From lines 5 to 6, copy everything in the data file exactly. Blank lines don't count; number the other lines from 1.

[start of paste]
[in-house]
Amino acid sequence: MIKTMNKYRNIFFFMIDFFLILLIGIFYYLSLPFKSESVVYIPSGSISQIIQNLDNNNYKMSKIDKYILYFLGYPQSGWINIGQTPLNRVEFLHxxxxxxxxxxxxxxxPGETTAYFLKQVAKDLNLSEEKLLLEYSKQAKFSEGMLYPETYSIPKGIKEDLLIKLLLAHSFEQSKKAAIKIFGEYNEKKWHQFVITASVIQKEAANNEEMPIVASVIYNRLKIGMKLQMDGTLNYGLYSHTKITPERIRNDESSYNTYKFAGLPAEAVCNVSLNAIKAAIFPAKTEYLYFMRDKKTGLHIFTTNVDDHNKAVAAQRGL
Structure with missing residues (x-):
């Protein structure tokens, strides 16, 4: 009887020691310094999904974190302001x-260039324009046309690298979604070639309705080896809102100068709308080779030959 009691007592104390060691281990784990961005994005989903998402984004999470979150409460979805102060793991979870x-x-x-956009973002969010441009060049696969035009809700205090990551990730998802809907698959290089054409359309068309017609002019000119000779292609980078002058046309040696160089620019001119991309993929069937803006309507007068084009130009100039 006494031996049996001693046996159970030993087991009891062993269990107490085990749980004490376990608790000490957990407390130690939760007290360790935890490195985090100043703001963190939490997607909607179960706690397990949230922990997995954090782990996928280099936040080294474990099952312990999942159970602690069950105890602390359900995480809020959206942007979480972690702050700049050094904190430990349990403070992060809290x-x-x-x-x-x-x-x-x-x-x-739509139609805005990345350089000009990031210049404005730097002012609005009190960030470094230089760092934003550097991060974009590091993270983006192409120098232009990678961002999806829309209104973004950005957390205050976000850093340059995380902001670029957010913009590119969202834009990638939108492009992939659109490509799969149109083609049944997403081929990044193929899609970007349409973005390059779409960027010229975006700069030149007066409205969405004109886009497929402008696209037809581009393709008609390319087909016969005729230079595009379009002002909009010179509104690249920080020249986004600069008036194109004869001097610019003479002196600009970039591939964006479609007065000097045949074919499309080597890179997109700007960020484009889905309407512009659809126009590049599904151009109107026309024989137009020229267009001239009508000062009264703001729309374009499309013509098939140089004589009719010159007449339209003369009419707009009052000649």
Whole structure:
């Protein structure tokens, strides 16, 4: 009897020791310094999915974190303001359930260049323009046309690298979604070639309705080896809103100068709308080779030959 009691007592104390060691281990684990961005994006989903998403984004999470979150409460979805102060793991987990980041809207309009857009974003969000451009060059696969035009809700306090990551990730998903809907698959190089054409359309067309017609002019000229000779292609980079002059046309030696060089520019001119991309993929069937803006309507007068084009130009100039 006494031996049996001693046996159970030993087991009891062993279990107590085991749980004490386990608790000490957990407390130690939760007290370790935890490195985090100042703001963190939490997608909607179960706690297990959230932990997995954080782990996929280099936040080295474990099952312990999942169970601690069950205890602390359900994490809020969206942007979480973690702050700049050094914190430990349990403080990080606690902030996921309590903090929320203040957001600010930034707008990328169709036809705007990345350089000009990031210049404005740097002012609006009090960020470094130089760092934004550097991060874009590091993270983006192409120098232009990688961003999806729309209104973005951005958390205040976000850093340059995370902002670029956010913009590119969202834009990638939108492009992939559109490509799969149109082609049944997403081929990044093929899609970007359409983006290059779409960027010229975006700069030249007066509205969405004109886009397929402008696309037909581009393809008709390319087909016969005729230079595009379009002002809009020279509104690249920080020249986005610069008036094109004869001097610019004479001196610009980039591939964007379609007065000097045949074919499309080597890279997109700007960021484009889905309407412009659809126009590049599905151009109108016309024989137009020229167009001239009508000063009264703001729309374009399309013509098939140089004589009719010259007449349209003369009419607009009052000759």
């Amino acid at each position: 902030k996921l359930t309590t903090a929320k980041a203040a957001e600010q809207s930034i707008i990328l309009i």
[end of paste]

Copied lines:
Whole structure:
């Protein structure tokens, strides 16, 4: 009897020791310094999915974190303001359930260049323009046309690298979604070639309705080896809103100068709308080779030959 009691007592104390060691281990684990961005994006989903998403984004999470979150409460979805102060793991987990980041809207309009857009974003969000451009060059696969035009809700306090990551990730998903809907698959190089054409359309067309017609002019000229000779292609980079002059046309030696060089520019001119991309993929069937803006309507007068084009130009100039 006494031996049996001693046996159970030993087991009891062993279990107590085991749980004490386990608790000490957990407390130690939760007290370790935890490195985090100042703001963190939490997608909607179960706690297990959230932990997995954080782990996929280099936040080295474990099952312990999942169970601690069950205890602390359900994490809020969206942007979480973690702050700049050094914190430990349990403080990080606690902030996921309590903090929320203040957001600010930034707008990328169709036809705007990345350089000009990031210049404005740097002012609006009090960020470094130089760092934004550097991060874009590091993270983006192409120098232009990688961003999806729309209104973005951005958390205040976000850093340059995370902002670029956010913009590119969202834009990638939108492009992939559109490509799969149109082609049944997403081929990044093929899609970007359409983006290059779409960027010229975006700069030249007066509205969405004109886009397929402008696309037909581009393809008709390319087909016969005729230079595009379009002002809009020279509104690249920080020249986005610069008036094109004869001097610019004479001196610009980039591939964007379609007065000097045949074919499309080597890279997109700007960021484009889905309407412009659809126009590049599905151009109108016309024989137009020229167009001239009508000063009264703001729309374009399309013509098939140089004589009719010259007449349209003369009419607009009052000759």